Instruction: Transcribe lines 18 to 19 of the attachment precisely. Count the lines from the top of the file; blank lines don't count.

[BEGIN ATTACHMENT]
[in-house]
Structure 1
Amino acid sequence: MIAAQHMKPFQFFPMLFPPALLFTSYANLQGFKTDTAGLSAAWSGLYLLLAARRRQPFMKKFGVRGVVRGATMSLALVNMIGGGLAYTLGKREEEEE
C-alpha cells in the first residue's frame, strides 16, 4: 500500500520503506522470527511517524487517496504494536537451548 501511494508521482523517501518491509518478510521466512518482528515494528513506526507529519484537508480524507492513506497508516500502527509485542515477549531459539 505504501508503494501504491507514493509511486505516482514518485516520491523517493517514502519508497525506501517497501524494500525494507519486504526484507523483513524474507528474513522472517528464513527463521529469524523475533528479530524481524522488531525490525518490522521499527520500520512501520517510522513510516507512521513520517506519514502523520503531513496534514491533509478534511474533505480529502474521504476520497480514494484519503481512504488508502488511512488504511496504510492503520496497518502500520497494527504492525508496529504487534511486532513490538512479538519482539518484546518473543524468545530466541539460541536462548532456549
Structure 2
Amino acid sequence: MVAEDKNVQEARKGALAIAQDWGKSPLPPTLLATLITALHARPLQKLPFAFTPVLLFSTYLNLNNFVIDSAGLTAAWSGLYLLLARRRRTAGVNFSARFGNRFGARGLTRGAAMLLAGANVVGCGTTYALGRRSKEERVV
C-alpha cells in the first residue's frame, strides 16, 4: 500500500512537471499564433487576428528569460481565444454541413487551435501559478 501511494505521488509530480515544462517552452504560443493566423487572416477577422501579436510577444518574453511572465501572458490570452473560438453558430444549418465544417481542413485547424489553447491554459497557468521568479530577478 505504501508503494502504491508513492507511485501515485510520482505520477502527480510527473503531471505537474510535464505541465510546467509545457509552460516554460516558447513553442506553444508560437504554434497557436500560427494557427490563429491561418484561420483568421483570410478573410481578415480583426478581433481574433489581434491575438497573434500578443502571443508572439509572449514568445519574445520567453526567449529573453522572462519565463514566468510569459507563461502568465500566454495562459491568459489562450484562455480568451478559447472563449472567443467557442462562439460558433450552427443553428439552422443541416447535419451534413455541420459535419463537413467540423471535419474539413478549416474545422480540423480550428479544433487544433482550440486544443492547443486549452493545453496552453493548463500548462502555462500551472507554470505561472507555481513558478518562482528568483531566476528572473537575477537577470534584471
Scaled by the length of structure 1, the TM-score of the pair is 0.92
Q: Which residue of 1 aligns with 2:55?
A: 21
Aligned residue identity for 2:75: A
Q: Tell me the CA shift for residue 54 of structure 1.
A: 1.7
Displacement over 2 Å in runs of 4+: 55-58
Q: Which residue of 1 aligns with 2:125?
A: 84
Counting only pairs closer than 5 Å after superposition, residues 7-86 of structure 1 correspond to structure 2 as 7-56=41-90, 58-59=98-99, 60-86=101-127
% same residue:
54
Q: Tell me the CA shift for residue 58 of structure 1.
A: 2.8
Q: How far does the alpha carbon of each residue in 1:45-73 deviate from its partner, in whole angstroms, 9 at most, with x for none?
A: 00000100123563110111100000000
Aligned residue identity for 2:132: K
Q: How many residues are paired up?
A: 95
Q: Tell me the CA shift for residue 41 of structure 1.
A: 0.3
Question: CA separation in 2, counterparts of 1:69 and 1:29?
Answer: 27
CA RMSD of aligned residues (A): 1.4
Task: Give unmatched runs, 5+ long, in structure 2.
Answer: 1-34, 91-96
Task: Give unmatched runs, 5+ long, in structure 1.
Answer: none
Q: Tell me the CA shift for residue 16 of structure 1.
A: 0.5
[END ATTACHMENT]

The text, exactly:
% same residue:
54